Don't follow the leader

The Life: Is being a leader in an emerging market different than anywhere else? You better believe it.

Leaders need to invest considerable time in training, coaching and mentoring the workforce on the job.
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In a recent interview, I was introduced as being an expert in emerging market leadership, which was followed by the question: "Is there any difference in leading in the emerging markets as compared to the developed markets?" This question is the most frequent one that I am asked.

The answer: Yes, it is different.

When speaking of leading in the emerging markets, we are using a very broad definition that encompasses most of the markets that are outside the "developed market" classification. So in technical terms, this includes the classically defined emerging markets, frontier markets and ones being considered for inclusion in the index. And, personally, I believe it is dangerous territory to lump together all of the emerging and frontier markets, but there are clear similarities when it comes to leading.

There is a global consistency in what leadership is, as every company requires leaders to help direct and fulfil its strategic vision. However, the confusion comes in mistaking the "what" and "how" of leadership because there are vast differences in terms of styles of leadership, focus on task versus consideration, charisma and transformation compared with tactical knowledge and strategy. Using a simplified definition of leadership as "what and how a leader does to and for his or her followers to achieve a common goal" at the highest level, we can say that the ideals of "what leadership is" are universal but "how" one leads is not.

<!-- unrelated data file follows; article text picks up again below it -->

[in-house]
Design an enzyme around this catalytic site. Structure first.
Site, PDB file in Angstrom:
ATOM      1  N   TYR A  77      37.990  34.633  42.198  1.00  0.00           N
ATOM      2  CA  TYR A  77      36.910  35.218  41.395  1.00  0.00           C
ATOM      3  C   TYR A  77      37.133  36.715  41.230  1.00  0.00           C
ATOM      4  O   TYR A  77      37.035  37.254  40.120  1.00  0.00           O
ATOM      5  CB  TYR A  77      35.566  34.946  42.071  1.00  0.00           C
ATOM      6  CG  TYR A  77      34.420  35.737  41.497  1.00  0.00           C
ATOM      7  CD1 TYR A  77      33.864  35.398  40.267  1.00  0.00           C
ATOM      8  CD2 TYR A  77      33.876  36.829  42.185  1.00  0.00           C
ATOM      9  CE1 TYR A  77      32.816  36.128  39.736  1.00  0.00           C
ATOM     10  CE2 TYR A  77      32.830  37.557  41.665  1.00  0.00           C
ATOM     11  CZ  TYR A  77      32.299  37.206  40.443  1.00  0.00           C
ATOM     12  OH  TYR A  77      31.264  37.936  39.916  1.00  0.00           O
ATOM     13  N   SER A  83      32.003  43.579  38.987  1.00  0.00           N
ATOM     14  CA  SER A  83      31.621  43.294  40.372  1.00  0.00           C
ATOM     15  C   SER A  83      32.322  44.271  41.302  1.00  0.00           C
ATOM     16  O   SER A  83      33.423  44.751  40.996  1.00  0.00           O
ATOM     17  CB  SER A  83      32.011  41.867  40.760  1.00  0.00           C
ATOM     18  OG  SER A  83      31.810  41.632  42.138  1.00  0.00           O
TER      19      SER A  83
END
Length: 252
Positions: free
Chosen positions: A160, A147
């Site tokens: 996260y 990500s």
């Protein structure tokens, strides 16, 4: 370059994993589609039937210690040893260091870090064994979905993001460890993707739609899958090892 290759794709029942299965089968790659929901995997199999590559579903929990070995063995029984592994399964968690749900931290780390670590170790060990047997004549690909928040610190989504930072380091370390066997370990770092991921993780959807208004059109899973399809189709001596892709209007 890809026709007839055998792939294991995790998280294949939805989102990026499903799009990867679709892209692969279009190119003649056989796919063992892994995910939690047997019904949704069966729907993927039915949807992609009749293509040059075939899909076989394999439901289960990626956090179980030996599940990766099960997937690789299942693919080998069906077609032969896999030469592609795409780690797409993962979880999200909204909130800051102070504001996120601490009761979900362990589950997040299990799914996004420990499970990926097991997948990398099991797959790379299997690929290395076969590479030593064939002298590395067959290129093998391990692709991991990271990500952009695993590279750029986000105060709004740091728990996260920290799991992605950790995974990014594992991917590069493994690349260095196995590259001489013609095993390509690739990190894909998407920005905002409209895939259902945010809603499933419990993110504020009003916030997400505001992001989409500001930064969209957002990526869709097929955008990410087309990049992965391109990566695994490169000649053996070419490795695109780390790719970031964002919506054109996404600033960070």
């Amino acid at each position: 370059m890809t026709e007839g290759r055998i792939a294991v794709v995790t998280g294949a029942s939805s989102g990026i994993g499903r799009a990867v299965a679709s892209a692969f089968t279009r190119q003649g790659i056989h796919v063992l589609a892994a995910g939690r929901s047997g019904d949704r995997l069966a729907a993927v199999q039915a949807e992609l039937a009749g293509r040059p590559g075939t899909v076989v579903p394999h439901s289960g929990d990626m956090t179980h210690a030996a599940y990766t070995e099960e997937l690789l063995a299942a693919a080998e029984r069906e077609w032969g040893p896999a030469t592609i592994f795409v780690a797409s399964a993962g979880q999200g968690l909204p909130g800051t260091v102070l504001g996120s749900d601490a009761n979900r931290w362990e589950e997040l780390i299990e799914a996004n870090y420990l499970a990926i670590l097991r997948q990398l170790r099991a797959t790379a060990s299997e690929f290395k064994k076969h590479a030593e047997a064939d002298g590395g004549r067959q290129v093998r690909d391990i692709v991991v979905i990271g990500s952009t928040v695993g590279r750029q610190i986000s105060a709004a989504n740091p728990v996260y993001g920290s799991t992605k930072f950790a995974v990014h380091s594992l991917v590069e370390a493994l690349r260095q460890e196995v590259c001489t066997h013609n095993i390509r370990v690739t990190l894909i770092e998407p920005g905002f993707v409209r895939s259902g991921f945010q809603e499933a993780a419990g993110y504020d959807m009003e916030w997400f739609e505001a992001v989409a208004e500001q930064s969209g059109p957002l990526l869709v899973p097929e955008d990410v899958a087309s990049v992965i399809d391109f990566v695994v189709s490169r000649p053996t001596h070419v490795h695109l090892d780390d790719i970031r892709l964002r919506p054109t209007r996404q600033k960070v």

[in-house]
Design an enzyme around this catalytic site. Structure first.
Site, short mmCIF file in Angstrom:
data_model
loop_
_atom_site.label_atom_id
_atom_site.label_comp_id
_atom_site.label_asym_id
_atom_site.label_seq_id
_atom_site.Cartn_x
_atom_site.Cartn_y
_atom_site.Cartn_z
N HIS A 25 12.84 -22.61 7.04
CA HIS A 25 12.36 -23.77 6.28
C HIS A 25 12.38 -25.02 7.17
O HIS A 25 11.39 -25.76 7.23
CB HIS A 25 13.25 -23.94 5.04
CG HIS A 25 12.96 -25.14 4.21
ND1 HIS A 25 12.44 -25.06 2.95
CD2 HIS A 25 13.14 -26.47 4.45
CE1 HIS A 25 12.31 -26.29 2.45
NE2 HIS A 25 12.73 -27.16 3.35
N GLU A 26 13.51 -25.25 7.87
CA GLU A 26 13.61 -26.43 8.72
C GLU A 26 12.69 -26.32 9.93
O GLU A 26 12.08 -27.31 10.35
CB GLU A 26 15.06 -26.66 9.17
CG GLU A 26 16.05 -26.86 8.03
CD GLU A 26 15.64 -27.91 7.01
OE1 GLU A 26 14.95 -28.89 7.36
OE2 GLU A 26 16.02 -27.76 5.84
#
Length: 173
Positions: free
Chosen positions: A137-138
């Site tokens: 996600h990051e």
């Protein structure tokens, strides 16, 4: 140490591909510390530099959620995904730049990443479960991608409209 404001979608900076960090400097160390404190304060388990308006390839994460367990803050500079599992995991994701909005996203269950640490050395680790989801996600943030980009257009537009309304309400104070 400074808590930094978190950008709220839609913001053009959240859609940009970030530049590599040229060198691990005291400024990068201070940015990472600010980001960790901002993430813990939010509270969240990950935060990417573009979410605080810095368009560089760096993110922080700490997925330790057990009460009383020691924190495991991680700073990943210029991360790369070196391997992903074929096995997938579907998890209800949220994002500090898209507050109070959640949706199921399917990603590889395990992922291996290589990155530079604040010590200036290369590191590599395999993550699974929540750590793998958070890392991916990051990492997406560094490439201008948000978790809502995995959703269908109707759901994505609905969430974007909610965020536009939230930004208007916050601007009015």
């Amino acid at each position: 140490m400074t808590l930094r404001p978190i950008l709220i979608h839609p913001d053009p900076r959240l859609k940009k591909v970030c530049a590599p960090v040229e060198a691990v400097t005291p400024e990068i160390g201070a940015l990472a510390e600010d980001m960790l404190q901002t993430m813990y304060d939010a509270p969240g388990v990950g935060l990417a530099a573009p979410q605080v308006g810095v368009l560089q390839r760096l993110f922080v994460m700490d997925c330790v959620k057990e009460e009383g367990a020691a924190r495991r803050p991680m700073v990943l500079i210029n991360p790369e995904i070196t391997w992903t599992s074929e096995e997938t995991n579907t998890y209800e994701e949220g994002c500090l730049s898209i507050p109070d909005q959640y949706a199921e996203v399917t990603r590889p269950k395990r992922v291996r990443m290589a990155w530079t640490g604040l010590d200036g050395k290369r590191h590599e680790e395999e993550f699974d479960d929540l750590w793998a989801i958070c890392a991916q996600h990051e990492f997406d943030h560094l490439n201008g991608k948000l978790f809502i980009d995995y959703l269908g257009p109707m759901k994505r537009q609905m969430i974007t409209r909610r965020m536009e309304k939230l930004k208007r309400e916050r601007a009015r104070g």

The reason that leading in the emerging markets is different is that it has a different set of population fundamentals. After all, it is people that leaders lead.

Those fundamentals are:

First-generation corporate citizens: for the majority of the employees they are the first in their families to hold a corporate job.

Youth bulge: the youth population is ahead of the aging West by a factor of 10 when you consider the net size of the youth population.

Expanding beyond agriculture and government work: the recent history has been monopolised by an agrarian and government background. However, in the current generation more employees have been joining the ranks of private industry through their rural to urban migration and expansion of some of the world's largest and fastest-growing cities.

Diversity squared: This is specific to the GCC. The real uniqueness here is that most companies have 25 to 35, or more, different nationalities represented on their local payroll on the same team in the same office location.

The world seems to have a split between corporate societies, where the private sector has been a dominant part of life for multiple generations and parts of the world that are first-generation corporate societies. The primary difference between the corporate societies and first-generation corporate societies is that the former group emerged during the era of industrialisation and the latter remained as agricultural, government and cottage industry societies until the recent generation. Now they are experiencing massive development.

So, what is central to leading in the emerging markets is that every manager and leader needs to recognise that the workforce is young and ambitious but often lacks experience and a background in the corporate environment. What should managers and leaders do to overcome those deficiencies? They need to invest considerable time in training, coaching and mentoring on the job.

Dr Tommy Weir is an authority on fast-growth and emerging-market leadership, and author of The CEO Shift